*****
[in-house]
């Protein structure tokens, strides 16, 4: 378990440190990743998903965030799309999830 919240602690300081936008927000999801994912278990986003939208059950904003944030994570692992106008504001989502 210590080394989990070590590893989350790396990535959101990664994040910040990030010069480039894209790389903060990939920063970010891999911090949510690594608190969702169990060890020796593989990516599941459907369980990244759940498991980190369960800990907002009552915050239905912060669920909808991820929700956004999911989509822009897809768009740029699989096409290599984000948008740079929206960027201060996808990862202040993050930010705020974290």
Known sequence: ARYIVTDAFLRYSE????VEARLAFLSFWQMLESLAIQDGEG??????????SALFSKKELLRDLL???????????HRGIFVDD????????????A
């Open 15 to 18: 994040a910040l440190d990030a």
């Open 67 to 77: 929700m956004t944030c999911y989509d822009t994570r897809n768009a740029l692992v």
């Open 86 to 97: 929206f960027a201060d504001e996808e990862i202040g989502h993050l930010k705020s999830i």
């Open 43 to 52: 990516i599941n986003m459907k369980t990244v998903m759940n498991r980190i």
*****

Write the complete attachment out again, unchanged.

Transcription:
[in-house]
């Protein structure tokens, strides 16, 4: 378990440190990743998903965030799309999830 919240602690300081936008927000999801994912278990986003939208059950904003944030994570692992106008504001989502 210590080394989990070590590893989350790396990535959101990664994040910040990030010069480039894209790389903060990939920063970010891999911090949510690594608190969702169990060890020796593989990516599941459907369980990244759940498991980190369960800990907002009552915050239905912060669920909808991820929700956004999911989509822009897809768009740029699989096409290599984000948008740079929206960027201060996808990862202040993050930010705020974290």
Known sequence: ARYIVTDAFLRYSE????VEARLAFLSFWQMLESLAIQDGEG??????????SALFSKKELLRDLL???????????HRGIFVDD????????????A
């Open 15 to 18: 994040a910040l440190d990030a």
């Open 67 to 77: 929700m956004t944030c999911y989509d822009t994570r897809n768009a740029l692992v």
């Open 86 to 97: 929206f960027a201060d504001e996808e990862i202040g989502h993050l930010k705020s999830i």
């Open 43 to 52: 990516i599941n986003m459907k369980t990244v998903m759940n498991r980190i």